BBB National Programs Archive
NAD Recommends Ontel Discontinue ‘Before-and-After’ Shots for ‘Pink Armor’ Nail Gel; Finds Some Challenged Claims are Puffery
New York, NY – April 10, 2014 – The National Advertising Division has recommended that Ontel Products Corporation discontinue the use of challenged before-and-after images used in advertising for the company’s Pink Armor nail gel product. NAD also determined that certain challenged claims were permissible puffery.
NAD is an investigative unit of the advertising industry’s system of self-regulation. it is administered by the Council of Better Business Bureaus.
Product demonstrations and performance claims made by Ontel in broadcast, print and Internet advertising, as well as on product packaging, were challenged by Coty Inc., a competing manufacturer of nail products.
- “Your nails won’t peel, chip or crack no matter what the attack.”
- “Rock Hard Finish.”
- “[G]uaranteed to transform cracked, brittle and weak nails into healthy, stronger, brighter nails with just one coat, once a week.”
- “[W]ith just one coat, once a week, [i]t’s like getting a professional nail treatment at home manicure at home!”
The challenger also took issue with “before-and-after” photographs, arguing that the photos misrepresented the rate at which nails grow and how a consumer’s nails look after using the product and implied that the product healed diseased nails and cuticles.
The advertiser argued that its product packaging clearly and conspicuously stated that the “before” and “after” photographs were dramatizations. The advertiser maintained that these dramatizations constituted puffery because consumers are accustomed to seeing dramatizations in advertising.
Key to NAD’s decision was its consideration of the “before and after” shots.
NAD noted in its decision that “before” and “after” photographs are product performance claims that must be supported, accurate and representative of the level of product efficacy that a reasonable consumer can expect to achieve. The front and side panels of the Pink Armor Nail Gel product package prominently feature “before and after” photographs. The “before” photographs depicted short and visibly damaged or diseased fingernails, while the “after” depicted perfectly manicured, shiny, noticeably longer and pink fingernails after four weeks of use. The “dramatization” disclaimer appeared below the photographs.
In the challenged television commercial, the “before” and “after” appeared in conjunction with the consumer testimonials, a demonstration of the announcer putting her hands into a bowl filled with rocks and moving her hands around vigorously to show that, with Pink Armor, her nails “won’t chip, peel or crack whatever the attack,” and a depiction of the gel penetrating deep into the nail bed to “[h]elp battered nails recover faster.”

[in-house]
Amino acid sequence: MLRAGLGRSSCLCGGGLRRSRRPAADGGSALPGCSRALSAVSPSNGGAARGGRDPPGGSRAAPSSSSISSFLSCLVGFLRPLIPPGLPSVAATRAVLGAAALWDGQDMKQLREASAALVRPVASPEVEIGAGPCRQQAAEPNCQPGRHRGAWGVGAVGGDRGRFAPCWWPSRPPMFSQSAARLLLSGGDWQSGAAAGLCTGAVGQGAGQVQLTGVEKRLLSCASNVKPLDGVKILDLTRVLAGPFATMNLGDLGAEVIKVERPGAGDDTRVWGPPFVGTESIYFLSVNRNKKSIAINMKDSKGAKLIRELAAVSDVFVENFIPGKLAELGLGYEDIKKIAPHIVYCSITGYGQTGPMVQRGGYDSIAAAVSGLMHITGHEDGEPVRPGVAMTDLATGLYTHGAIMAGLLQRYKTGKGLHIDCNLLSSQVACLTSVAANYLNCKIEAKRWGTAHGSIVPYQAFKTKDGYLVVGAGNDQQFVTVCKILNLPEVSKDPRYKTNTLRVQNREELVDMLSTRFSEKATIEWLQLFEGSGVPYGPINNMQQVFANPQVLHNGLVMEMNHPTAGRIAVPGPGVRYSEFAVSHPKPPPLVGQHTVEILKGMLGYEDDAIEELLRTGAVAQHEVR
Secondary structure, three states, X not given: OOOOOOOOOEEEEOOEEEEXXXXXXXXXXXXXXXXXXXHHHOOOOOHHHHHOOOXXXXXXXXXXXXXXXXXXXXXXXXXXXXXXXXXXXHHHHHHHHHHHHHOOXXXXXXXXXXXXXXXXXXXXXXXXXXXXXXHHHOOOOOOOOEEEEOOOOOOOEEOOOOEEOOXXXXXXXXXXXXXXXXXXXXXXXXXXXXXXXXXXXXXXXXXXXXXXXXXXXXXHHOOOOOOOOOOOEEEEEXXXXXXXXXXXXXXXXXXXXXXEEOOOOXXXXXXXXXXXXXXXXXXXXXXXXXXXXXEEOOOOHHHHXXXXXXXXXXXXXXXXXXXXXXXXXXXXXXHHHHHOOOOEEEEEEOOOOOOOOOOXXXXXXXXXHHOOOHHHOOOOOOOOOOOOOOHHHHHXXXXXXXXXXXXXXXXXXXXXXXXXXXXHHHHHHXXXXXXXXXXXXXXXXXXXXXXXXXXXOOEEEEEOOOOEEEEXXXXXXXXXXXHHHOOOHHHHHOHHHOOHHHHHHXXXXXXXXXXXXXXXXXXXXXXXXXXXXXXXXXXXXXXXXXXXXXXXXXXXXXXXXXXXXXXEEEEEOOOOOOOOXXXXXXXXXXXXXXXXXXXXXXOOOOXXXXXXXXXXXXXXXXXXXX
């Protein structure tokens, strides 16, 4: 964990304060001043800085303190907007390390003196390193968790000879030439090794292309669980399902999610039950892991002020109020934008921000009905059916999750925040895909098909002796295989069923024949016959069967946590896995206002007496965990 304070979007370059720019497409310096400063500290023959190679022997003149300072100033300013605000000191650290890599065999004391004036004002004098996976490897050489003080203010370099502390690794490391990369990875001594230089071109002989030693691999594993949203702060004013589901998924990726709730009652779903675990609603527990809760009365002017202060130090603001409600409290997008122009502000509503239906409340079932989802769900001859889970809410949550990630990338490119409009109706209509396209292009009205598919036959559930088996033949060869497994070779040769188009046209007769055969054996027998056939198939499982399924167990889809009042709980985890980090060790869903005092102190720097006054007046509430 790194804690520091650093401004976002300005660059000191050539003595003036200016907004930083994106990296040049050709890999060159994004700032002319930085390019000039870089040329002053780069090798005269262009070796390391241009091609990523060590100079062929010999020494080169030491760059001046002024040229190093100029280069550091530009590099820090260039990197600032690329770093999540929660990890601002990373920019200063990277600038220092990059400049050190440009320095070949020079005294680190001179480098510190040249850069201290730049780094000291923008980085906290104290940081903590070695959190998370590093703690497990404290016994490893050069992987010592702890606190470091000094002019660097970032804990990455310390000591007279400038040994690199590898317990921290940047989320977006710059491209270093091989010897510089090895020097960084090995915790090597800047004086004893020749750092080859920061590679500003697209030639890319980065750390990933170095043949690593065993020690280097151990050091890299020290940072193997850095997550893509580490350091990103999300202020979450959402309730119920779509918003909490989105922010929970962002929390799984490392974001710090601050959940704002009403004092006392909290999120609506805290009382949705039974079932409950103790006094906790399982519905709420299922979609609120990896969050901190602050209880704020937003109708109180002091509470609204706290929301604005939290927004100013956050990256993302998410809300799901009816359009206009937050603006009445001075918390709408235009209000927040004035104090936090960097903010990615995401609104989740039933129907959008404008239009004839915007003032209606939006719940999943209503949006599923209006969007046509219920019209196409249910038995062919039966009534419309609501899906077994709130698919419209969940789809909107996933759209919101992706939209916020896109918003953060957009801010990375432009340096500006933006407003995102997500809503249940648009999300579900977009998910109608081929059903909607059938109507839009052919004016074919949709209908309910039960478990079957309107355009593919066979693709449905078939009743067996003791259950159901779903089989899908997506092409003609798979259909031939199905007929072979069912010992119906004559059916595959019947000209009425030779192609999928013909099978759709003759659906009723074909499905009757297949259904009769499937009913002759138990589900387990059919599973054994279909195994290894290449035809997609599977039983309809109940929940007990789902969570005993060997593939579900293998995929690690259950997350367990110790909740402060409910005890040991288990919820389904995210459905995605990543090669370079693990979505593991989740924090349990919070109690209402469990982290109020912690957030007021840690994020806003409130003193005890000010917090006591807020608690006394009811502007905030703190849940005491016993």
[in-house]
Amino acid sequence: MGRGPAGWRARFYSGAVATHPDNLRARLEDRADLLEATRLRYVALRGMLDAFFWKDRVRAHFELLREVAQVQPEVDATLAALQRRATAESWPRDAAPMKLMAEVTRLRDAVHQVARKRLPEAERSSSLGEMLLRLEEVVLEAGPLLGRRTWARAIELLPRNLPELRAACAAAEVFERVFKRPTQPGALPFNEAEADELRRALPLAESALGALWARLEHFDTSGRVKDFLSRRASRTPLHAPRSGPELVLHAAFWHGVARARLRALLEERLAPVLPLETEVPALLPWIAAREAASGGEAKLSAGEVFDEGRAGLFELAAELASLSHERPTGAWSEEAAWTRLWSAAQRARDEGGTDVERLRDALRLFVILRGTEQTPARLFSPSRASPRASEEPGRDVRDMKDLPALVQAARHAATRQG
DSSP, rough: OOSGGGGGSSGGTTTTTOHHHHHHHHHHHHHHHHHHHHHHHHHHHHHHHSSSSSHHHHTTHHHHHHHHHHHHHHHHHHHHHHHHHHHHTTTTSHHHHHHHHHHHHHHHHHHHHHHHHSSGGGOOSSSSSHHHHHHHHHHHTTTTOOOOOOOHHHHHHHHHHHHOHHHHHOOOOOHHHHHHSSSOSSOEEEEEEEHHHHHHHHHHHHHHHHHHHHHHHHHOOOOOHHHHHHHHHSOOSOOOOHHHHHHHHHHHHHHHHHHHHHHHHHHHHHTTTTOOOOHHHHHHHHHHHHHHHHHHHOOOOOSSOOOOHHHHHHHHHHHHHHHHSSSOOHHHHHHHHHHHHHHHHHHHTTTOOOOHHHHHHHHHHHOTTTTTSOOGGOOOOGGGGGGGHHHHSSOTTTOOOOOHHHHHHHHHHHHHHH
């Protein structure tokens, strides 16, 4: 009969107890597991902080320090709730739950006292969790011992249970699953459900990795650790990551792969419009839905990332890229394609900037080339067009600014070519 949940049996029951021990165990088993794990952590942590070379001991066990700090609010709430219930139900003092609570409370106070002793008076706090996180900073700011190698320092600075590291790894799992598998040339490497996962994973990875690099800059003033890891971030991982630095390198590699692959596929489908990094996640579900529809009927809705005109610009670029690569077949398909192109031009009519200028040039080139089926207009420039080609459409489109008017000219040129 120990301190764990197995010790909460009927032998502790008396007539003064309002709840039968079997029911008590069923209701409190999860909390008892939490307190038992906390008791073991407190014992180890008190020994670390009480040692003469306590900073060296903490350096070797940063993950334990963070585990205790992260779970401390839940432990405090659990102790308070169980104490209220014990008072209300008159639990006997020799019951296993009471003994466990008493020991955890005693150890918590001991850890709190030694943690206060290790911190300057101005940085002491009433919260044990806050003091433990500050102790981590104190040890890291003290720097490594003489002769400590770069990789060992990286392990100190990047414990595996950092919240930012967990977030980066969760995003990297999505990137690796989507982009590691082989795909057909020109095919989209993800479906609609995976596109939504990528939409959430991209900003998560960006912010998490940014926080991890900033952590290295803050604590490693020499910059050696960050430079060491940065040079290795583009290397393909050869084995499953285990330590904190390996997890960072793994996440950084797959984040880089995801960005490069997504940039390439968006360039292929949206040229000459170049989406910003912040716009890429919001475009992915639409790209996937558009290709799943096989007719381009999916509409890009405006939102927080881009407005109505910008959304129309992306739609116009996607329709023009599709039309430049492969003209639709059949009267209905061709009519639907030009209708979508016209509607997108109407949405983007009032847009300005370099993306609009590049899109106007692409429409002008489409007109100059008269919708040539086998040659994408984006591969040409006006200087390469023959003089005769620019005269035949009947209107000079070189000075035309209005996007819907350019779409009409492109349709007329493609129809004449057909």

The advertiser submitted no product testing in support of its “before” and “after” photographs/product demonstrations or its performance claims. NAD recommended that, given the lack of reliable supporting evidence in the record, the “before” and “after” photographs and the visual simulation of the keratin penetrating the nail bed be discontinued.
NAD determined that the claims “Rock Hard Finish” and “[W]ith just one coat, once a week, [i]t’s like getting a professional nail treatment at home manicure at home!” constituted permissible advertiser puffing. However, NAD recommended that the advertiser discontinue the unsupported product performance claims “Your nails won’t peel, chip or crack no matter what the attack” (together with the depiction of the woman moving her nails around vigorously in the rock bed) and “[G]uaranteed to transform cracked, brittle and weak nails into healthy, stronger, brighter nails with just one coat, once a week.”
Ontel, in its advertiser’s statement, said the company disagreed with the NAD’s determination regarding Ontel’s before and after pictures, but would “abide by the NAD’s recommendation in deference to the NAD and the self-regulatory process ….”
Further, the company said the broadcast advertisement at issue is no longer running, that it would remove the commercial from its website and that it would take NAD’s recommendations under advisement for any future commercial that airs on television or its website as part of its marketing campaign.